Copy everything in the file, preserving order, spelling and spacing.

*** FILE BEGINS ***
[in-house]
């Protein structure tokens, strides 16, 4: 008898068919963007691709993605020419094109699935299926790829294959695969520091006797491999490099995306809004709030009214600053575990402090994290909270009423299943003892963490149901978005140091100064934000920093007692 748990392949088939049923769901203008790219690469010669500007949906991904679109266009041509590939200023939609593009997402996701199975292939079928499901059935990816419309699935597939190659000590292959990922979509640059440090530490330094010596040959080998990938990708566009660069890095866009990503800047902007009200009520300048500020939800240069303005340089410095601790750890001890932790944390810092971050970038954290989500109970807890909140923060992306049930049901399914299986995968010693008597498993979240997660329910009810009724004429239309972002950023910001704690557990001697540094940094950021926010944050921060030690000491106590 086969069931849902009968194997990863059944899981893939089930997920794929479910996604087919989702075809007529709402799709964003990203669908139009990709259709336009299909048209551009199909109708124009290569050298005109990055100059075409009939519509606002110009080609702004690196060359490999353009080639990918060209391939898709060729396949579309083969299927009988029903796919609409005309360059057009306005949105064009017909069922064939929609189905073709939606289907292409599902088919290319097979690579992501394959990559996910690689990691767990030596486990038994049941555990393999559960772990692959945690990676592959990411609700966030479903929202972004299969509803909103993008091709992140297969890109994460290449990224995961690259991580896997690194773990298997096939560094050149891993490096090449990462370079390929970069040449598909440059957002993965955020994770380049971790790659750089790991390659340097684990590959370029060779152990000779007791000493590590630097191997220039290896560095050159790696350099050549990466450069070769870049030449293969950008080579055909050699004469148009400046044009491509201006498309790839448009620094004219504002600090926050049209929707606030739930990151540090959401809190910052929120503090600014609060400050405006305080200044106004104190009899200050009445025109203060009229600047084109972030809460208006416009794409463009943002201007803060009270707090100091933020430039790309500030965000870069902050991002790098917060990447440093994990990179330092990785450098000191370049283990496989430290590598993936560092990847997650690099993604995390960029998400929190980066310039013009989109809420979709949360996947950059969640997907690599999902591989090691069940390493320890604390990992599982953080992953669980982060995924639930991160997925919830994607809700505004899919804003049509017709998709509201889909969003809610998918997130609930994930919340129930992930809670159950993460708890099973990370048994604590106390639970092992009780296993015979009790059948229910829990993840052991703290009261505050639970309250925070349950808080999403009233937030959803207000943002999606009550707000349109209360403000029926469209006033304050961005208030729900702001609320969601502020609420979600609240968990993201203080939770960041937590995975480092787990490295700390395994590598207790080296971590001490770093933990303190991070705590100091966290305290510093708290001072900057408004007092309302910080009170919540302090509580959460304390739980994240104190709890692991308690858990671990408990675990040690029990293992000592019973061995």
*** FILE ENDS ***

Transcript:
[in-house]
């Protein structure tokens, strides 16, 4: 008898068919963007691709993605020419094109699935299926790829294959695969520091006797491999490099995306809004709030009214600053575990402090994290909270009423299943003892963490149901978005140091100064934000920093007692 748990392949088939049923769901203008790219690469010669500007949906991904679109266009041509590939200023939609593009997402996701199975292939079928499901059935990816419309699935597939190659000590292959990922979509640059440090530490330094010596040959080998990938990708566009660069890095866009990503800047902007009200009520300048500020939800240069303005340089410095601790750890001890932790944390810092971050970038954290989500109970807890909140923060992306049930049901399914299986995968010693008597498993979240997660329910009810009724004429239309972002950023910001704690557990001697540094940094950021926010944050921060030690000491106590 086969069931849902009968194997990863059944899981893939089930997920794929479910996604087919989702075809007529709402799709964003990203669908139009990709259709336009299909048209551009199909109708124009290569050298005109990055100059075409009939519509606002110009080609702004690196060359490999353009080639990918060209391939898709060729396949579309083969299927009988029903796919609409005309360059057009306005949105064009017909069922064939929609189905073709939606289907292409599902088919290319097979690579992501394959990559996910690689990691767990030596486990038994049941555990393999559960772990692959945690990676592959990411609700966030479903929202972004299969509803909103993008091709992140297969890109994460290449990224995961690259991580896997690194773990298997096939560094050149891993490096090449990462370079390929970069040449598909440059957002993965955020994770380049971790790659750089790991390659340097684990590959370029060779152990000779007791000493590590630097191997220039290896560095050159790696350099050549990466450069070769870049030449293969950008080579055909050699004469148009400046044009491509201006498309790839448009620094004219504002600090926050049209929707606030739930990151540090959401809190910052929120503090600014609060400050405006305080200044106004104190009899200050009445025109203060009229600047084109972030809460208006416009794409463009943002201007803060009270707090100091933020430039790309500030965000870069902050991002790098917060990447440093994990990179330092990785450098000191370049283990496989430290590598993936560092990847997650690099993604995390960029998400929190980066310039013009989109809420979709949360996947950059969640997907690599999902591989090691069940390493320890604390990992599982953080992953669980982060995924639930991160997925919830994607809700505004899919804003049509017709998709509201889909969003809610998918997130609930994930919340129930992930809670159950993460708890099973990370048994604590106390639970092992009780296993015979009790059948229910829990993840052991703290009261505050639970309250925070349950808080999403009233937030959803207000943002999606009550707000349109209360403000029926469209006033304050961005208030729900702001609320969601502020609420979600609240968990993201203080939770960041937590995975480092787990490295700390395994590598207790080296971590001490770093933990303190991070705590100091966290305290510093708290001072900057408004007092309302910080009170919540302090509580959460304390739980994240104190709890692991308690858990671990408990675990040690029990293992000592019973061995």